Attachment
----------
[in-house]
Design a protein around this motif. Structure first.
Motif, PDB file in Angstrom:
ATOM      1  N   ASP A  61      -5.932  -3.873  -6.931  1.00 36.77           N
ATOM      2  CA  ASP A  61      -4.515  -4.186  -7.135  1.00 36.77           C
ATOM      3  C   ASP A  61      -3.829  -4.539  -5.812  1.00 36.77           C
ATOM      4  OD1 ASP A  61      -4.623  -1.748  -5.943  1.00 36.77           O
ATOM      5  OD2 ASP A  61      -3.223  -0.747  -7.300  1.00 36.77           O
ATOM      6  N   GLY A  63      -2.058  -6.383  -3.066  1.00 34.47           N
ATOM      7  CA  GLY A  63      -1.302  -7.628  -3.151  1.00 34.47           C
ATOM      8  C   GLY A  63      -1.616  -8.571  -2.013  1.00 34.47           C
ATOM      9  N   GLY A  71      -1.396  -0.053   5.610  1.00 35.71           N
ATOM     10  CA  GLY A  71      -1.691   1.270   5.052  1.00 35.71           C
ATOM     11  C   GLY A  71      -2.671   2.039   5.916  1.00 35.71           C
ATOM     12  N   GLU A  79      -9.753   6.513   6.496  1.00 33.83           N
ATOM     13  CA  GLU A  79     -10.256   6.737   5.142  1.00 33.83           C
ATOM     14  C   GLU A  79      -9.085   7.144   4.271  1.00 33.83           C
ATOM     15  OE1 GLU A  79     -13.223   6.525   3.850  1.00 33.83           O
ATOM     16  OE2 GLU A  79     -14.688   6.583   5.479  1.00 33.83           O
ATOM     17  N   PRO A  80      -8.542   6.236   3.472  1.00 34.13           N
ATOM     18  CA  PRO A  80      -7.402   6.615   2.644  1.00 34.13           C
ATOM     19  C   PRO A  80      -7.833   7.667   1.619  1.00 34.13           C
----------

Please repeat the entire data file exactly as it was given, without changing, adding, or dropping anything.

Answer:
[in-house]
Design a protein around this motif. Structure first.
Motif, PDB file in Angstrom:
ATOM      1  N   ASP A  61      -5.932  -3.873  -6.931  1.00 36.77           N
ATOM      2  CA  ASP A  61      -4.515  -4.186  -7.135  1.00 36.77           C
ATOM      3  C   ASP A  61      -3.829  -4.539  -5.812  1.00 36.77           C
ATOM      4  OD1 ASP A  61      -4.623  -1.748  -5.943  1.00 36.77           O
ATOM      5  OD2 ASP A  61      -3.223  -0.747  -7.300  1.00 36.77           O
ATOM      6  N   GLY A  63      -2.058  -6.383  -3.066  1.00 34.47           N
ATOM      7  CA  GLY A  63      -1.302  -7.628  -3.151  1.00 34.47           C
ATOM      8  C   GLY A  63      -1.616  -8.571  -2.013  1.00 34.47           C
ATOM      9  N   GLY A  71      -1.396  -0.053   5.610  1.00 35.71           N
ATOM     10  CA  GLY A  71      -1.691   1.270   5.052  1.00 35.71           C
ATOM     11  C   GLY A  71      -2.671   2.039   5.916  1.00 35.71           C
ATOM     12  N   GLU A  79      -9.753   6.513   6.496  1.00 33.83           N
ATOM     13  CA  GLU A  79     -10.256   6.737   5.142  1.00 33.83           C
ATOM     14  C   GLU A  79      -9.085   7.144   4.271  1.00 33.83           C
ATOM     15  OE1 GLU A  79     -13.223   6.525   3.850  1.00 33.83           O
ATOM     16  OE2 GLU A  79     -14.688   6.583   5.479  1.00 33.83           O
ATOM     17  N   PRO A  80      -8.542   6.236   3.472  1.00 34.13           N
ATOM     18  CA  PRO A  80      -7.402   6.615   2.644  1.00 34.13           C
ATOM     19  C   PRO A  80      -7.833   7.667   1.619  1.00 34.13           C